WTF to do with Snapchat?

25th February 2016

Half length of young beautiful afro black man outdoor in the city holding a smart phone taking picture - technology, social network, travel concept

As Amanda Walgrove of Contently wrote late last year: “Brands approach Snapchat the way most people over 25 approach Snapchat: You know it’s a big deal, but you aren’t really sure what the hell you’re supposed to do with it.”

Walgrove hit the nail on the head; Snapchat, which allows users to send temporary videos and pictures to each other, continues to elude many brands who would like to better engage with it’s predominantly youth market.

Indeed, 71% of Snapchat’s U.S. users fall into the 18 to 34 age range, with 6 billion video views every day and 8,796 disappearing photos sent by its 100 million users every second.

The social media platform recently announced it is planning on rolling out its own ecommerce platform, alongside opening an API, and the last twelve months have seen a plethora of brands using the app as part of a broader campaign. What remains to be seen however is how Snapchat will retain its entertaining tone so as to keep its young user base engaged, while on the flip side ensuring it satisfies ad tech companies and agencies with clear indications of ad effectiveness, ROI, measurement and analytics.

The US has led the way thus far for brands using the platform, with Taco Bell, Wet Seal and even Hillary Clinton jumping on board.

Taco Bell used Snapchat to endorse the re-release of its popular Beefy Crunch Burrito, asking users to add its account in exchange for a ‘secret snap’ of the release date. Meanwhile, clothing company Wet Seal unconventionally handed control of its account over to a 16-year-old blogger for several days, resulting in an incredible 9,000 new followers.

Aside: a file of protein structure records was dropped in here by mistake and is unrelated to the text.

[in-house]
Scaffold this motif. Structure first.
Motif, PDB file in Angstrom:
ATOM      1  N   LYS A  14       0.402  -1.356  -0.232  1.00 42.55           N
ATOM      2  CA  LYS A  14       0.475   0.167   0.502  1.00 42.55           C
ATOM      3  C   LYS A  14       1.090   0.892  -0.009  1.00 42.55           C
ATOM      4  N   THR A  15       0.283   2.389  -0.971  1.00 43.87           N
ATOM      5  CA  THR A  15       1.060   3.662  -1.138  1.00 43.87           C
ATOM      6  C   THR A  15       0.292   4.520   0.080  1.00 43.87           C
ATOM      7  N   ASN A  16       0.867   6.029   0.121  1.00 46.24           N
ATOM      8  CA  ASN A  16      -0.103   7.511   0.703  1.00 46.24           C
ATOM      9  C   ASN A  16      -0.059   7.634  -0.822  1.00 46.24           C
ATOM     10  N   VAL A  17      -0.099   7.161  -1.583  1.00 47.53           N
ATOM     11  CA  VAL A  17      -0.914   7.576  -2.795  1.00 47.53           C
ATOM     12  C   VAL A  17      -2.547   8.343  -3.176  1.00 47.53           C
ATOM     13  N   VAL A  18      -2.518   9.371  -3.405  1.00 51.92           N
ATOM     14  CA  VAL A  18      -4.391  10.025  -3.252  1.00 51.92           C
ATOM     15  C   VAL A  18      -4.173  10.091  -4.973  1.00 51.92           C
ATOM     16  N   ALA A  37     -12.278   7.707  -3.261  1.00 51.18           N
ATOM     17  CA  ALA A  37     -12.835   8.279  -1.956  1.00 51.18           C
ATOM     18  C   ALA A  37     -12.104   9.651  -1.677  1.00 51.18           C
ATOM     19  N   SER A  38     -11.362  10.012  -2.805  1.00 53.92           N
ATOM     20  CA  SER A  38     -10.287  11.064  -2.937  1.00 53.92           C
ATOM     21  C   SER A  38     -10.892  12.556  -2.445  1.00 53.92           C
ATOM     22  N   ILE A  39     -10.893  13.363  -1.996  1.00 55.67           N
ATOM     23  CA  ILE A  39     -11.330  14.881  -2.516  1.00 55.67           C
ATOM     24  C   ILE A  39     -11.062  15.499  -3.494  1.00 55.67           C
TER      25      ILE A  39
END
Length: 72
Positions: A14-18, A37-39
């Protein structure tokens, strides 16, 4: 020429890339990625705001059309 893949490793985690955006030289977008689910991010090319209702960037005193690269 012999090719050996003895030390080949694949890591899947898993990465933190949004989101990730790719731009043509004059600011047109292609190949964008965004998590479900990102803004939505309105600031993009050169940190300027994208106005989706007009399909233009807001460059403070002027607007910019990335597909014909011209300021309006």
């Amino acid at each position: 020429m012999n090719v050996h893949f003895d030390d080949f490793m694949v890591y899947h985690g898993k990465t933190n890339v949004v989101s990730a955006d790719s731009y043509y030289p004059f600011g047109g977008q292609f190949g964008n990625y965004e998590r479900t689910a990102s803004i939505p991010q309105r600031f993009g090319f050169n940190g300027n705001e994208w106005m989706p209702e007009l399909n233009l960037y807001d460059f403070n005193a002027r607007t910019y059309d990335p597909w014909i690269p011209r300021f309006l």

In the UK, Vodafone last year used Snapchat for its anti-bullying campaign ‘Be Strong’, while others such as Unilever, Currys PC World and Burberry have also experimented with the platform.

While the site certainly offers something that almost all advertisers want: access to an engaged, young, mobile audience, it needs to be careful with its e-commerce and API launches that ads are in-keeping with other content on the app and do not disrupt the overall user experience. Further, according to Marketing Week where Snapchat still falls down is on ad effectiveness:

“According to a survey by eMarketer, US brand and ad agency execs score Snapchat a D (on a scale from A+ to F) for ad effectiveness, behind all the other major social media platforms. It also performs the worst in terms of driving ROI, driving sales, ad measurement and analytics and targeting effectiveness.”

It will be interesting to see how brands and audiences alike respond to Snapchat’s API launch. We are also looking forward to seeing the content that brand’s look to create for the platform, bearing it mind content needs to be engaging, natively merging with the fun, of the moment, organic content that is already present on the site.